3 flaws in the Indian education system
The current education system of India was developed by the British. The Imperialists had a goal in mind – i.e., to create a population of educated clerks and coolies so that they serve the British Empire better. Though, India got its independence in 1947, yet the successive government did not do anything to change the education system. In fact, they made it worse over the next few decades.
Here is the list of some detectable flaws in the Indian education system, which must be removed if the country is actually serious about its development.
1. Serious lack of functional literacy: Many Asian countries, including China, have invested heavily in primary education. Their fundamental goal is to increase the functional literacy so that every citizen is capable of reading manuals or any other documentation, and performs various tasks at work. The Indian education system, on the other hand, fails to impart the much-needed functional literacy to millions of students. Except Information Technology and IT-enabled services, India’s performance in the services sector is abysmal and these, too, include repetitive work lacking any creativity.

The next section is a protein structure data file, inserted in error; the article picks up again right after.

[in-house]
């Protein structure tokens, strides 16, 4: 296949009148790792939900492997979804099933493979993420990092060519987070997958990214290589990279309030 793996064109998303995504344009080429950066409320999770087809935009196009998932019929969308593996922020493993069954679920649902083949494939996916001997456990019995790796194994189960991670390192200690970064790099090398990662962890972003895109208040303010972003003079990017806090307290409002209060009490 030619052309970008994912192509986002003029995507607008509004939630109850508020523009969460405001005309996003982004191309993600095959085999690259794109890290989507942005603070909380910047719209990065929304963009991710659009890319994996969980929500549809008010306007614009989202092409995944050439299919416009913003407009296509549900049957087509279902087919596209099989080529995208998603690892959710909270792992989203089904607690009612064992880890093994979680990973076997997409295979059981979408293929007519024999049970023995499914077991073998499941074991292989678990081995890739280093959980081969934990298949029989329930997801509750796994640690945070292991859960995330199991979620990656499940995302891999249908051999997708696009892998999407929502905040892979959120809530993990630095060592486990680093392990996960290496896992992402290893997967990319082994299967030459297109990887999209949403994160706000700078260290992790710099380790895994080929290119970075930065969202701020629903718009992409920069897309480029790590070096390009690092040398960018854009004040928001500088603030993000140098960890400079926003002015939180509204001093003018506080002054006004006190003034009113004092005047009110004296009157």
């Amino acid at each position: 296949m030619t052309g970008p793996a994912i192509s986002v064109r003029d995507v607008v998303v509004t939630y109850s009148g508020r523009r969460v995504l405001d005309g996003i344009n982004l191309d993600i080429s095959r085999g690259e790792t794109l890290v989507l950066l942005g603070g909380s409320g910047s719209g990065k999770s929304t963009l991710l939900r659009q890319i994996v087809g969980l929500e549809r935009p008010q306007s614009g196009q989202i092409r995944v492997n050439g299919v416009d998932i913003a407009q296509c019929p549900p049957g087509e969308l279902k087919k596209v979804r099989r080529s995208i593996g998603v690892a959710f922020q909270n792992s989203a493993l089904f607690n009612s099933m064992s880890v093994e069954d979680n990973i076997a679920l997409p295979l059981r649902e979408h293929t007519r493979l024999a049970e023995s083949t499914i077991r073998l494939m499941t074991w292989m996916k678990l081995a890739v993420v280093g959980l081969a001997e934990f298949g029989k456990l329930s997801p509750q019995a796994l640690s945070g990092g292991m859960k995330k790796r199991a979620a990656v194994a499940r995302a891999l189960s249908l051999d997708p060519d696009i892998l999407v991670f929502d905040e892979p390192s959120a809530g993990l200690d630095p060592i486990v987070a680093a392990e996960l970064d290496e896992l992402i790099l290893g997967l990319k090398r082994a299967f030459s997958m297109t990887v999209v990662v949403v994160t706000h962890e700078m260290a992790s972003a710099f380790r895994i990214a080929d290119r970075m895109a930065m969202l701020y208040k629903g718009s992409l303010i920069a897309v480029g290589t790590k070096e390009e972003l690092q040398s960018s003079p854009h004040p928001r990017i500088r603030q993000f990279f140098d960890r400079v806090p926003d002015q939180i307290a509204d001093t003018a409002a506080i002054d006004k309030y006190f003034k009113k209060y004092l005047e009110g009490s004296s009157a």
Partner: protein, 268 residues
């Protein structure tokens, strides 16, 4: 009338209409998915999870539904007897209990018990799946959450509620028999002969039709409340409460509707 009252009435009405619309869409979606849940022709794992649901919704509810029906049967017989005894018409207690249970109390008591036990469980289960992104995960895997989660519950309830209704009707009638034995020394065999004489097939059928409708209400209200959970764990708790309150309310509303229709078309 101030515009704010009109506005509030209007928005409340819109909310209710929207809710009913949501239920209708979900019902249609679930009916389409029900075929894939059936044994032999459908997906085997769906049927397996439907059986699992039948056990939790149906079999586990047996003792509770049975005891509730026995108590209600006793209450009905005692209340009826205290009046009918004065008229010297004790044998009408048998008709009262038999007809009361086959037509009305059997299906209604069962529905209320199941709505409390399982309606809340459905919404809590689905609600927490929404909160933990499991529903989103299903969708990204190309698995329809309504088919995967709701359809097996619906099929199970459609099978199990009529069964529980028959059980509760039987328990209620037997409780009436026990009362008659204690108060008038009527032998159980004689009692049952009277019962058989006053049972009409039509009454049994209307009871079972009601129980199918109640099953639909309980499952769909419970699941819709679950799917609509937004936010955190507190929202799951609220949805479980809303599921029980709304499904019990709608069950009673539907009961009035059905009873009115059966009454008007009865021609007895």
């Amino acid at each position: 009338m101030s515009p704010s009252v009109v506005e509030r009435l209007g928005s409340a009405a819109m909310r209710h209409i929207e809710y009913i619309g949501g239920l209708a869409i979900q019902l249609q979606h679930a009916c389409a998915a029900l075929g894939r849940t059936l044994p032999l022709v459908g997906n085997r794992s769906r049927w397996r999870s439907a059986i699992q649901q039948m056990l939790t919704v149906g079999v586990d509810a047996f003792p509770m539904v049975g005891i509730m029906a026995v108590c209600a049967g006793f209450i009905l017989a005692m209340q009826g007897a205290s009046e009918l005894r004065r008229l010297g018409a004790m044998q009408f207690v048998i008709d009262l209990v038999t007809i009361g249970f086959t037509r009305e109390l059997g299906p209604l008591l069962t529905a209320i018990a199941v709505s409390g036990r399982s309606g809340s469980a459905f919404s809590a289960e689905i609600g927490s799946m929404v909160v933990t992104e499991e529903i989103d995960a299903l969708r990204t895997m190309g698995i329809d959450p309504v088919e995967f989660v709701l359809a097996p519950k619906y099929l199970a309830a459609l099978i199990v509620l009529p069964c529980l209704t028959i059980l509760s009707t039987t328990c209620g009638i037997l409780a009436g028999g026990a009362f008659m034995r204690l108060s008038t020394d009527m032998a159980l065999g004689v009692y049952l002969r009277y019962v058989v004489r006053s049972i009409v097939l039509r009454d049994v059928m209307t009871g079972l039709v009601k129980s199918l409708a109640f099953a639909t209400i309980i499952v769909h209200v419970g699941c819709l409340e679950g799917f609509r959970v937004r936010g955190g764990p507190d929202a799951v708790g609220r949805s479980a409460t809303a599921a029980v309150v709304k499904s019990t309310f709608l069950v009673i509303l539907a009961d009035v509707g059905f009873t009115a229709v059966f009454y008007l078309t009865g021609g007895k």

2. Chalk and talk system of teaching: The system of education in India is stuck with old and traditional system of chalk and talk. Technology plays a very little or no role, and fails to find a mention in the policies laid out by the various boards of school education – MHRD, NCERT and others. Decision-makers in the Indian education system, on state and central level, have made fewer attempts to modernize student assessment processes, teaching methods, etc.
3. Too many examinations: Among the flaws in Indian education system, one major drawback is too many examinations. Students have to appear for dozen of qualifying, selection, entrance and periodical exams in a short span of 4-5 years after leaving school, in the quest to be at the top. Students get busy in educating themselves with bookish knowledge, and lose interest in sports, creative pursuits and everything else that could be important.
The need of the hour demands that the Indian education system adopt a more creative approach, which helps all students become better human beings. Also, the majority of Indian parents need to understand that students who do not look up to engineering, medicine, law and management must be allowed to follow their passion in the areas they wish to be.
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